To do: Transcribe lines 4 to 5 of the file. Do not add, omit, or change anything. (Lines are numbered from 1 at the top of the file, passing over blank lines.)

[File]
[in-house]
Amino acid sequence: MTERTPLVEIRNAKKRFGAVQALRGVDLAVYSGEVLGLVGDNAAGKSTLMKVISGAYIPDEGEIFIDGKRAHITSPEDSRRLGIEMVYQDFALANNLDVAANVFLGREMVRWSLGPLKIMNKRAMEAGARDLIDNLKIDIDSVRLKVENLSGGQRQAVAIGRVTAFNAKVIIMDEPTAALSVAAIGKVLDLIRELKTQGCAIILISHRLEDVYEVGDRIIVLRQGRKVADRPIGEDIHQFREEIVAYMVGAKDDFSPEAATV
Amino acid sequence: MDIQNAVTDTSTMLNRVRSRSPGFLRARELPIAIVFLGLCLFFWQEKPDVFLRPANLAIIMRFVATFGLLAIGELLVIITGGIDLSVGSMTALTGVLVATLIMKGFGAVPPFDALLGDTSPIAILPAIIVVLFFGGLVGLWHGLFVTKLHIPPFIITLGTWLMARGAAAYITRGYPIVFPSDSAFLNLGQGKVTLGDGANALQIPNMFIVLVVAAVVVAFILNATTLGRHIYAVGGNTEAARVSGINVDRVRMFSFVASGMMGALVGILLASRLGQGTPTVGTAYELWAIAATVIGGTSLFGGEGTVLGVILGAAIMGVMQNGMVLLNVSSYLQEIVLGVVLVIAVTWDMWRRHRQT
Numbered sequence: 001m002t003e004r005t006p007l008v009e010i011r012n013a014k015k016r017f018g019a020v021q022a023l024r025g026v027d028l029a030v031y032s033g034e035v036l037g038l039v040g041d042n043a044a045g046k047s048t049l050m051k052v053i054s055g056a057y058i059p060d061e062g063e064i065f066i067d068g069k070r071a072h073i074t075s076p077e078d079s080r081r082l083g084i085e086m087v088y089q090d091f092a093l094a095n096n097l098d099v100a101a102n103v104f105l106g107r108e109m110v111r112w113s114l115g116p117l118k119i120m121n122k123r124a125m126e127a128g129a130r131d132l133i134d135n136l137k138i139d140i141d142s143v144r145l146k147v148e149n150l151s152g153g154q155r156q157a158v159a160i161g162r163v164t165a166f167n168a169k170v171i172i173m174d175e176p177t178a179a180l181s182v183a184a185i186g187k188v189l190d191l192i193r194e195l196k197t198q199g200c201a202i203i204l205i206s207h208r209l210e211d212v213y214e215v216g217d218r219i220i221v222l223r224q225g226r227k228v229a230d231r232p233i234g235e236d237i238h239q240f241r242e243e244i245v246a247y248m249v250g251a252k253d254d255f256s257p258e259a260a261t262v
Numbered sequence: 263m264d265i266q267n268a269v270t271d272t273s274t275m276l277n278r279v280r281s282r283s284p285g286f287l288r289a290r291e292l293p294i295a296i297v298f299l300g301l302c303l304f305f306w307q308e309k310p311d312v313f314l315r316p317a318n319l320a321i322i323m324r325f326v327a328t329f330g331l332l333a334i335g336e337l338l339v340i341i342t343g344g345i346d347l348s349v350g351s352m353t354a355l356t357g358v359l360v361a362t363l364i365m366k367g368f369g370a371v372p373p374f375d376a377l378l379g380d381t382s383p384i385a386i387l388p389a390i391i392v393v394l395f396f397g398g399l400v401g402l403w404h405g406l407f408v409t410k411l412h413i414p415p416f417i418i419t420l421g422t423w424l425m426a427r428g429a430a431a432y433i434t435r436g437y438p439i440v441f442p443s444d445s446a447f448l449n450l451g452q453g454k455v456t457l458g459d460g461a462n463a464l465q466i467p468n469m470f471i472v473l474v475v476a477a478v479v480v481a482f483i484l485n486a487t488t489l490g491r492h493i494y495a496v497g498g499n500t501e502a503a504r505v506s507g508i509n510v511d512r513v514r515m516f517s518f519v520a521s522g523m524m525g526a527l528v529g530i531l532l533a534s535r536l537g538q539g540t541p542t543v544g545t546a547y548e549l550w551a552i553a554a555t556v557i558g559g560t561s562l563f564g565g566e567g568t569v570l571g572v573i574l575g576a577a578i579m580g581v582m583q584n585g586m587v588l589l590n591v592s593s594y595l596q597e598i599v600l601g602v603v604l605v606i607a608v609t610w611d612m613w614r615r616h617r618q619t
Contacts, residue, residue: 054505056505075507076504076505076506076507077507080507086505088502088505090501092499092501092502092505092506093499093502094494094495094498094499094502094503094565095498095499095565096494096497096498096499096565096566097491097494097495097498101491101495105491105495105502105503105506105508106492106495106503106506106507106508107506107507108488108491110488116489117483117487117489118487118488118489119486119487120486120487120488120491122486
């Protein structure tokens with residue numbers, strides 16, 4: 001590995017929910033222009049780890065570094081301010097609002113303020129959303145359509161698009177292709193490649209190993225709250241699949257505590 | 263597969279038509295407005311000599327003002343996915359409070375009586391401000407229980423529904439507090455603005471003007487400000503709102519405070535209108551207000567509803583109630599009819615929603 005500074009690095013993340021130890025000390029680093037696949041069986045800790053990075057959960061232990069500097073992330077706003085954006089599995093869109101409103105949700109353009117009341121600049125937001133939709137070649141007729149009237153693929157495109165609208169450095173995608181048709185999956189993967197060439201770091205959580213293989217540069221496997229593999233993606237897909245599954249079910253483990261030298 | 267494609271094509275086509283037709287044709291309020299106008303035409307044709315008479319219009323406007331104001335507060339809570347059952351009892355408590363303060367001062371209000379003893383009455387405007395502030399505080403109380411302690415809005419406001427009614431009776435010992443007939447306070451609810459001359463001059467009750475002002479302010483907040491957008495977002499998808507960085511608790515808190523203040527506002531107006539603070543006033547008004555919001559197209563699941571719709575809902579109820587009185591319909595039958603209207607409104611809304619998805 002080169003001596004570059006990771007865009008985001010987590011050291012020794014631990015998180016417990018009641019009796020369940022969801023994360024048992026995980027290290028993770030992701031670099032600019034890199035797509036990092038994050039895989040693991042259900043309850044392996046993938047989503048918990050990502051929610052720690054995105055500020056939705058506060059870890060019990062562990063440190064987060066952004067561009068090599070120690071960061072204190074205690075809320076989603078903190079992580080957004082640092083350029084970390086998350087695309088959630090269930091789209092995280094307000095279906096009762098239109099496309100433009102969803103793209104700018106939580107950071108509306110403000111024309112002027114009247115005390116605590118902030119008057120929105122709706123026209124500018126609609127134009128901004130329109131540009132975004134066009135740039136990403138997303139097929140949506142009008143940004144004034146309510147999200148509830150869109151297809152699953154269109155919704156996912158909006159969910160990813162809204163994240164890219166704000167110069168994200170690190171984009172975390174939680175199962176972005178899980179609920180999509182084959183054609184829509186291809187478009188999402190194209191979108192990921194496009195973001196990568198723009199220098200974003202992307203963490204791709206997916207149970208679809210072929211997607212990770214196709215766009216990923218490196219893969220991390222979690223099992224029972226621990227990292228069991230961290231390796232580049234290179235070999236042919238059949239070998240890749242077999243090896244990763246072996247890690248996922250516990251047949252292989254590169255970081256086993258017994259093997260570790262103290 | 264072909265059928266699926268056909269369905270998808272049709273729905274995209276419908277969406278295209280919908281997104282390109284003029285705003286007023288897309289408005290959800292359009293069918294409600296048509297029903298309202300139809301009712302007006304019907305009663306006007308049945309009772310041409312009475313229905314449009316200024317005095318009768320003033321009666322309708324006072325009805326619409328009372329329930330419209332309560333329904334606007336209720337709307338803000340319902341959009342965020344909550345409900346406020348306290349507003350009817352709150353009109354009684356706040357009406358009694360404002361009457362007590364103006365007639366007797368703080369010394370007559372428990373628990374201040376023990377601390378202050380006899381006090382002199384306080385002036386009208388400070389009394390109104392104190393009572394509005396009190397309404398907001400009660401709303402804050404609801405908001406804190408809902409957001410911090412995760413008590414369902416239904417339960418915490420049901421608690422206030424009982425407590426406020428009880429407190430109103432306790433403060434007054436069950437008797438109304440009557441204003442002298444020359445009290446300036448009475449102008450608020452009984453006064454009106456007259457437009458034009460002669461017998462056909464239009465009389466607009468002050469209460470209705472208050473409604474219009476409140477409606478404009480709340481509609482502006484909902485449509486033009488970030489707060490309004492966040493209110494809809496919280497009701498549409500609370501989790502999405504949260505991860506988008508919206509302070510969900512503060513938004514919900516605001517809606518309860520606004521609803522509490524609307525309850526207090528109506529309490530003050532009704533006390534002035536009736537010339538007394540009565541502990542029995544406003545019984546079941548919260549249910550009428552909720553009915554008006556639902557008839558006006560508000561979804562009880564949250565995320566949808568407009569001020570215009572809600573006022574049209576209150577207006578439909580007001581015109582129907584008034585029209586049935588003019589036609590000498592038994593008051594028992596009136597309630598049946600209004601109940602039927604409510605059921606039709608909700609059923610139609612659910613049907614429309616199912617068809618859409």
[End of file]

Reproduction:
Numbered sequence: 001m002t003e004r005t006p007l008v009e010i011r012n013a014k015k016r017f018g019a020v021q022a023l024r025g026v027d028l029a030v031y032s033g034e035v036l037g038l039v040g041d042n043a044a045g046k047s048t049l050m051k052v053i054s055g056a057y058i059p060d061e062g063e064i065f066i067d068g069k070r071a072h073i074t075s076p077e078d079s080r081r082l083g084i085e086m087v088y089q090d091f092a093l094a095n096n097l098d099v100a101a102n103v104f105l106g107r108e109m110v111r112w113s114l115g116p117l118k119i120m121n122k123r124a125m126e127a128g129a130r131d132l133i134d135n136l137k138i139d140i141d142s143v144r145l146k147v148e149n150l151s152g153g154q155r156q157a158v159a160i161g162r163v164t165a166f167n168a169k170v171i172i173m174d175e176p177t178a179a180l181s182v183a184a185i186g187k188v189l190d191l192i193r194e195l196k197t198q199g200c201a202i203i204l205i206s207h208r209l210e211d212v213y214e215v216g217d218r219i220i221v222l223r224q225g226r227k228v229a230d231r232p233i234g235e236d237i238h239q240f241r242e243e244i245v246a247y248m249v250g251a252k253d254d255f256s257p258e259a260a261t262v
Numbered sequence: 263m264d265i266q267n268a269v270t271d272t273s274t275m276l277n278r279v280r281s282r283s284p285g286f287l288r289a290r291e292l293p294i295a296i297v298f299l300g301l302c303l304f305f306w307q308e309k310p311d312v313f314l315r316p317a318n319l320a321i322i323m324r325f326v327a328t329f330g331l332l333a334i335g336e337l338l339v340i341i342t343g344g345i346d347l348s349v350g351s352m353t354a355l356t357g358v359l360v361a362t363l364i365m366k367g368f369g370a371v372p373p374f375d376a377l378l379g380d381t382s383p384i385a386i387l388p389a390i391i392v393v394l395f396f397g398g399l400v401g402l403w404h405g406l407f408v409t410k411l412h413i414p415p416f417i418i419t420l421g422t423w424l425m426a427r428g429a430a431a432y433i434t435r436g437y438p439i440v441f442p443s444d445s446a447f448l449n450l451g452q453g454k455v456t457l458g459d460g461a462n463a464l465q466i467p468n469m470f471i472v473l474v475v476a477a478v479v480v481a482f483i484l485n486a487t488t489l490g491r492h493i494y495a496v497g498g499n500t501e502a503a504r505v506s507g508i509n510v511d512r513v514r515m516f517s518f519v520a521s522g523m524m525g526a527l528v529g530i531l532l533a534s535r536l537g538q539g540t541p542t543v544g545t546a547y548e549l550w551a552i553a554a555t556v557i558g559g560t561s562l563f564g565g566e567g568t569v570l571g572v573i574l575g576a577a578i579m580g581v582m583q584n585g586m587v588l589l590n591v592s593s594y595l596q597e598i599v600l601g602v603v604l605v606i607a608v609t610w611d612m613w614r615r616h617r618q619t